FARGO — Kirsten Jensen, digital marketing director for Fargo-based firm Onsharp, says employees can provide better “proof” of a company’s values than its leaders can.

During her “Power of Being a Social Employee” presentation Tuesday, April 12, at the Fargo Holiday Inn, she shared with the audience of about 150 a tweet from her colleague Samantha Nies: “Thankful, once again, for the flexibility from #TeamOnsharp! Working from home with a sick toddler sleeping next to me. Grateful. #ONmoments.”

“That’s great ‘social proof’ that we really are flexible in those moments when it makes a difference,” said Jensen, who has more than 15 years of experience in digital marketing.

She said building company culture and recruitment is just one way a social employee program can help further an organization’s goals. It can also boost sales, bring attention to community impact and volunteer efforts, engage students, and recognize and thank co-workers for their work.

The social media concepts and strategies Jensen outlined during her lunchtime business training session, hosted by the Fargo West Fargo Moorhead Chamber of Commerce, can help companies and nonprofits of any size extend their reach.

“Onsharp is a really small company,” she explained. “We have 16 full-time employees, 12 of which are on our social employee team, and about 60 percent of our social reach on Twitter comes from our social employee team.”

Jensen defines a “social employee” as anyone who uses social media to build trust, nurture relationships, share expertise, grow professionally or achieve professional goals. “If you use social media for any of these things, you’re a social employee,” she said.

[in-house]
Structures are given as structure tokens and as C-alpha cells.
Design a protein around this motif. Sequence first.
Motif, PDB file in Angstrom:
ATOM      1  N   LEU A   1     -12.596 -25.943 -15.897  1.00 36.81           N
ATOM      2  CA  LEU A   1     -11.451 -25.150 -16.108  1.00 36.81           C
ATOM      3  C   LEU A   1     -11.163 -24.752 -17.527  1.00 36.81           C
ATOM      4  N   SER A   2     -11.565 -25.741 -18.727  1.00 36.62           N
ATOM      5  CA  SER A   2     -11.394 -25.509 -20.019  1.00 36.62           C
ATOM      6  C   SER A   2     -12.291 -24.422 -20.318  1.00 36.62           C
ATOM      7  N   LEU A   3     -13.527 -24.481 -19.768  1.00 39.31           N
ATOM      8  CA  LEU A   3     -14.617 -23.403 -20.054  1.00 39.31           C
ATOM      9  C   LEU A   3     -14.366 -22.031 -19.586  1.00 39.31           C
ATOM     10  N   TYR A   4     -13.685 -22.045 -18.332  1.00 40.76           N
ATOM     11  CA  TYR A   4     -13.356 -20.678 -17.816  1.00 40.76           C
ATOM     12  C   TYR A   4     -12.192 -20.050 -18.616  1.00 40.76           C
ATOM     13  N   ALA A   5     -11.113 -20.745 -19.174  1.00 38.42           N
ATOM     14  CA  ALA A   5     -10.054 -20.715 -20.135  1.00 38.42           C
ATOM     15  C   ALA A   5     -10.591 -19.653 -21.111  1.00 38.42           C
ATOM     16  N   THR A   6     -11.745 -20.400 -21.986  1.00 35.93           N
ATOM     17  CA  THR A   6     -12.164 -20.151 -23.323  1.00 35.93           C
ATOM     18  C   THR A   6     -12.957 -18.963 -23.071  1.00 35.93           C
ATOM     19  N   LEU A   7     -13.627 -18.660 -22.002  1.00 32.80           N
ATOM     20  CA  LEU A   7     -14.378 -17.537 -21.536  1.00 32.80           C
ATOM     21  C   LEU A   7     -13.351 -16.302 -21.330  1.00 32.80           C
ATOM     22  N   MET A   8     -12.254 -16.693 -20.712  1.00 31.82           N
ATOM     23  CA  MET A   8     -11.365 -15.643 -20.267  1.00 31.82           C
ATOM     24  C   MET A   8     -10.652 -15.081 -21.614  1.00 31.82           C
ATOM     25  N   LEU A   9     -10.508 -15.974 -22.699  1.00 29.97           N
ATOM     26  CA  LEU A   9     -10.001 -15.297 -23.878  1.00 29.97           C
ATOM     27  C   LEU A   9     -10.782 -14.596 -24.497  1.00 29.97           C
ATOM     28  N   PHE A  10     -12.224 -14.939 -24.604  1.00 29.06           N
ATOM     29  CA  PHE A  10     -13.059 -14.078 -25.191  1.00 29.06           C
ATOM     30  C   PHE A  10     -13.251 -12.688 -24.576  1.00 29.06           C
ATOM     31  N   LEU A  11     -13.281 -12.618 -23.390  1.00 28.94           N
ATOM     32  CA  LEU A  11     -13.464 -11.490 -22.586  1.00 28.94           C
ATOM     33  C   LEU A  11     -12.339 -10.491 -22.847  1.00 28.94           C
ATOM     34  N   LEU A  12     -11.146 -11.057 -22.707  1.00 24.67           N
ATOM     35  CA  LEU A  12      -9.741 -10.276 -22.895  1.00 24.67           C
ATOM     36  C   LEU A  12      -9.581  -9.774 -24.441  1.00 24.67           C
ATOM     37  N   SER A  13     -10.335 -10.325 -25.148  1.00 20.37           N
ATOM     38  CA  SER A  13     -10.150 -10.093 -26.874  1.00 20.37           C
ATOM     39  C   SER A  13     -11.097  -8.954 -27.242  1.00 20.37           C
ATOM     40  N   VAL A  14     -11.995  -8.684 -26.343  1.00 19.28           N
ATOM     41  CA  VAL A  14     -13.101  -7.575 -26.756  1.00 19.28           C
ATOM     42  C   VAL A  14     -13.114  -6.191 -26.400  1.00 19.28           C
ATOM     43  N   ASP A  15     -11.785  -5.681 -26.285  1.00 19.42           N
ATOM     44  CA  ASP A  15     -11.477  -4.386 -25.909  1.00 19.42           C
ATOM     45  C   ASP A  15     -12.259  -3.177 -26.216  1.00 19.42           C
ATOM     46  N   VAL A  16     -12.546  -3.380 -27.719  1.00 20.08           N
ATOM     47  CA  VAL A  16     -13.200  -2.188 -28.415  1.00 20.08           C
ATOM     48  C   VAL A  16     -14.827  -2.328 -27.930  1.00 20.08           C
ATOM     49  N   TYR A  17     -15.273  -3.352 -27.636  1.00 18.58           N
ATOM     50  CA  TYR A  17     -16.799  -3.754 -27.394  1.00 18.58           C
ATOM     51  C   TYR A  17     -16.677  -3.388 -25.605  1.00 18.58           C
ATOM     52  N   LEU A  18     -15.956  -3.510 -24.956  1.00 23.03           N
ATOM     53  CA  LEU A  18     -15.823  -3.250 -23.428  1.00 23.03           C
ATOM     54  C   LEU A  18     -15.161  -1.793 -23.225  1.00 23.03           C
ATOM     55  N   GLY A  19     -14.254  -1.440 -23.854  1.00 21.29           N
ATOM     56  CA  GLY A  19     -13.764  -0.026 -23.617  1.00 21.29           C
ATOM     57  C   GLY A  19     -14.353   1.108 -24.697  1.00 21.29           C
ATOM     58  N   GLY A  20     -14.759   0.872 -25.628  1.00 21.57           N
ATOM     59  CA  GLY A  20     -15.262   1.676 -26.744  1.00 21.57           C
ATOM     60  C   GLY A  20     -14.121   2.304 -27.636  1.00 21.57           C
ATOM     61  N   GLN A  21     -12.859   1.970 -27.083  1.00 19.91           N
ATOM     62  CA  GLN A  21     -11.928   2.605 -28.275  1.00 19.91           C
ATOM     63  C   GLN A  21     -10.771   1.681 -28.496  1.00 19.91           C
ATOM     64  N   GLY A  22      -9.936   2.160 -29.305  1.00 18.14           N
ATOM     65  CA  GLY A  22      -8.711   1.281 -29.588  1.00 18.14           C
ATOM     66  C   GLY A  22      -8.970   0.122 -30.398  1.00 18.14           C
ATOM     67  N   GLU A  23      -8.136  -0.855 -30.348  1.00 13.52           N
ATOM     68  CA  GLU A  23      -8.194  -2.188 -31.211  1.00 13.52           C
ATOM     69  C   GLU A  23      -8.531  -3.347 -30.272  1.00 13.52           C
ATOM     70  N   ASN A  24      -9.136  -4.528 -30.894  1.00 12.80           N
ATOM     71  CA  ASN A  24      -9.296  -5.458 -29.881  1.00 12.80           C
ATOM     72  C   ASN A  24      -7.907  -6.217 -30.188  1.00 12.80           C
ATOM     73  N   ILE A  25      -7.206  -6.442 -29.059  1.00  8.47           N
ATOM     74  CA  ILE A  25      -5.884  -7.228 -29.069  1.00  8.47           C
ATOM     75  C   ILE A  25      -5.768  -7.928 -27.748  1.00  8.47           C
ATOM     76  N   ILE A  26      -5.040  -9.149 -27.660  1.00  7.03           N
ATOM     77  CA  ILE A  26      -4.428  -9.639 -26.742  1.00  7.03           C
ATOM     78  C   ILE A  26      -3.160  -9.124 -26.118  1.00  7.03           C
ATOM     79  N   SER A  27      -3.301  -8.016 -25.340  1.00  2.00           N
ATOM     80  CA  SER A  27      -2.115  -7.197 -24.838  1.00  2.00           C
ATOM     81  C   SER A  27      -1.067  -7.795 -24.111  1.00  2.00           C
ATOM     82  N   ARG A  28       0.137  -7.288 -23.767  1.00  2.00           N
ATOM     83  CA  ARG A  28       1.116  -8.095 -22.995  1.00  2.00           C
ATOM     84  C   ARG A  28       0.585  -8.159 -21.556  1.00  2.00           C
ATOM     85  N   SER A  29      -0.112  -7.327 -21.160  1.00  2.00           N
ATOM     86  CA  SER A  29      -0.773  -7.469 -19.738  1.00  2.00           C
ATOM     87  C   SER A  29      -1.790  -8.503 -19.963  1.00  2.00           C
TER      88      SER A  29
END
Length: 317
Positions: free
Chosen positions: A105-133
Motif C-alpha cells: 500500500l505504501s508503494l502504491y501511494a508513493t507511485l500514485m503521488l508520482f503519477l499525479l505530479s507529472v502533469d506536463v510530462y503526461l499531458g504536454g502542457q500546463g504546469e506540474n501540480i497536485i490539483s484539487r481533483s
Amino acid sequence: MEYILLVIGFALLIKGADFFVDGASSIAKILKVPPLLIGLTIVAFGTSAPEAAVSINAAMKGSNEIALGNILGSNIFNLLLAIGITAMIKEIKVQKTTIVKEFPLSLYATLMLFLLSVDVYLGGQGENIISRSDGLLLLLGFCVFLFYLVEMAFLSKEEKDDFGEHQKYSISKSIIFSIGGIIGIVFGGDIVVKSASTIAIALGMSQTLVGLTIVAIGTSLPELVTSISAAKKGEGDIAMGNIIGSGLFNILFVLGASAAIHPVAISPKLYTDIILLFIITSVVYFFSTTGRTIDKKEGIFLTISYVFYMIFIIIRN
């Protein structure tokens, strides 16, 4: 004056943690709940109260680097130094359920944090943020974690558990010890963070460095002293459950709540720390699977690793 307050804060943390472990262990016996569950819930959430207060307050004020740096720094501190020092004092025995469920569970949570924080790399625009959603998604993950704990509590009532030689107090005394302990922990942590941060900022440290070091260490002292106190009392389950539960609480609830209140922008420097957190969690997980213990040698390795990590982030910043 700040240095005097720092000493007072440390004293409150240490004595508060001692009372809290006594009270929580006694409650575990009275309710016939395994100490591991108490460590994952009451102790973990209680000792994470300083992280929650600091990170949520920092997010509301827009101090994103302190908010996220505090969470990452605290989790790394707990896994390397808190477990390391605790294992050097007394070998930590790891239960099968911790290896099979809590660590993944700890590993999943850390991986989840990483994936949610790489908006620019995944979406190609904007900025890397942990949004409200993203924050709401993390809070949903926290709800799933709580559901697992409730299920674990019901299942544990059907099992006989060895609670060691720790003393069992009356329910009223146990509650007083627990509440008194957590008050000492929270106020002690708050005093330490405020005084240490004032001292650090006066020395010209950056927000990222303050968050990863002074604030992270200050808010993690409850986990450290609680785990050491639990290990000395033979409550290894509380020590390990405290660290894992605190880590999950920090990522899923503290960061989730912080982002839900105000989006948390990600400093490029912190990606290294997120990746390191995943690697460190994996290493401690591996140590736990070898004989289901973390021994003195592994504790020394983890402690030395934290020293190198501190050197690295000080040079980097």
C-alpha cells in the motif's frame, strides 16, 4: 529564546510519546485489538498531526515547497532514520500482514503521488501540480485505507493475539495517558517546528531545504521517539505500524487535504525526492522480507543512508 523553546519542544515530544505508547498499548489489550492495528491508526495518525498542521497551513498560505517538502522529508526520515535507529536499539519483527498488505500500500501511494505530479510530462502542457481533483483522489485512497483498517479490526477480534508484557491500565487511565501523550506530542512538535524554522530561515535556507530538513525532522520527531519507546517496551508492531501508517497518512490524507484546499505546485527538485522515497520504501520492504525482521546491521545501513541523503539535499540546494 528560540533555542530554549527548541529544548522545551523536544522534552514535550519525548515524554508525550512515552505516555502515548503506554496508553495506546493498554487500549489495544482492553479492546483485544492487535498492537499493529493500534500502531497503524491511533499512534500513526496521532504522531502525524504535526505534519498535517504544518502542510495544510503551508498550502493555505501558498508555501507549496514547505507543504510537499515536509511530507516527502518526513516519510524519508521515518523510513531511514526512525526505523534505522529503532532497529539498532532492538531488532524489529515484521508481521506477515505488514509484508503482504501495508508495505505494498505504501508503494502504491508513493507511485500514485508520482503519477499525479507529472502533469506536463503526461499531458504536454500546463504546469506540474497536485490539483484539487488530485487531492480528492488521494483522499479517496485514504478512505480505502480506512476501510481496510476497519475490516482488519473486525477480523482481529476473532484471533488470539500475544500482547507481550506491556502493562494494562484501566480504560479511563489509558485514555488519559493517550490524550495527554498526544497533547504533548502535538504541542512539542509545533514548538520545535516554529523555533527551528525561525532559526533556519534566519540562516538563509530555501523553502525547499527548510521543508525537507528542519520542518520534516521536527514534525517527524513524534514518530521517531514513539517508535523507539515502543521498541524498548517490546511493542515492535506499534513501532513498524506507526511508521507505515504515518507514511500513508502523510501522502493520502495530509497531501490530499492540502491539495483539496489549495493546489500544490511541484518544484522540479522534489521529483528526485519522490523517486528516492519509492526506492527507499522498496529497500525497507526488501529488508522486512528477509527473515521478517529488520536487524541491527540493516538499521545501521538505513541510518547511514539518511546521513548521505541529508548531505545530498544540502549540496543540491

For companies without a social employee program, she suggested first involving “anyone with a public-facing role,” such as media, media relations or sales.

Just having a few people working on it can make a big impact.

“Statistics say that employee social networks only overlap with brand networks 2 to 8 percent. That means the people who your employees are friends with, only 2 to 8 percent of them have taken that next step of following your brand accounts. There’s huge opportunity for you to speak to a wider audience,” she said.

Focusing on Twitter, Jensen shared tips for effective social media engagement using examples from local professionals at places such as RDO Equipment Co., the chamber and CCRI (Creative Care for Reaching Independence).

Her tips included:

• Share industry trends and connect them back to what you and your company do.

• Interact with customers at trade shows and conventions, bringing offline relationships online and vice versa.

• Recognize customers and partners with mentions, likes and retweets.

• Give followers a behind-the-scenes look at your office or job.

• Share what you love about your job.

“You can pack a lot into 140 characters,” she said.

The chamber’s next business training session, “Know Your Customer and How They Buy So You Don’t Get Ubered,” featuring Johnathon Rademacher and Eric Dukart of Sundog, is scheduled Wednesday, May 11, from 11:30 a.m. to 1 p.m. at the Hilton Garden Inn.

Resource: http://www.prairiebusinessmagazine.com


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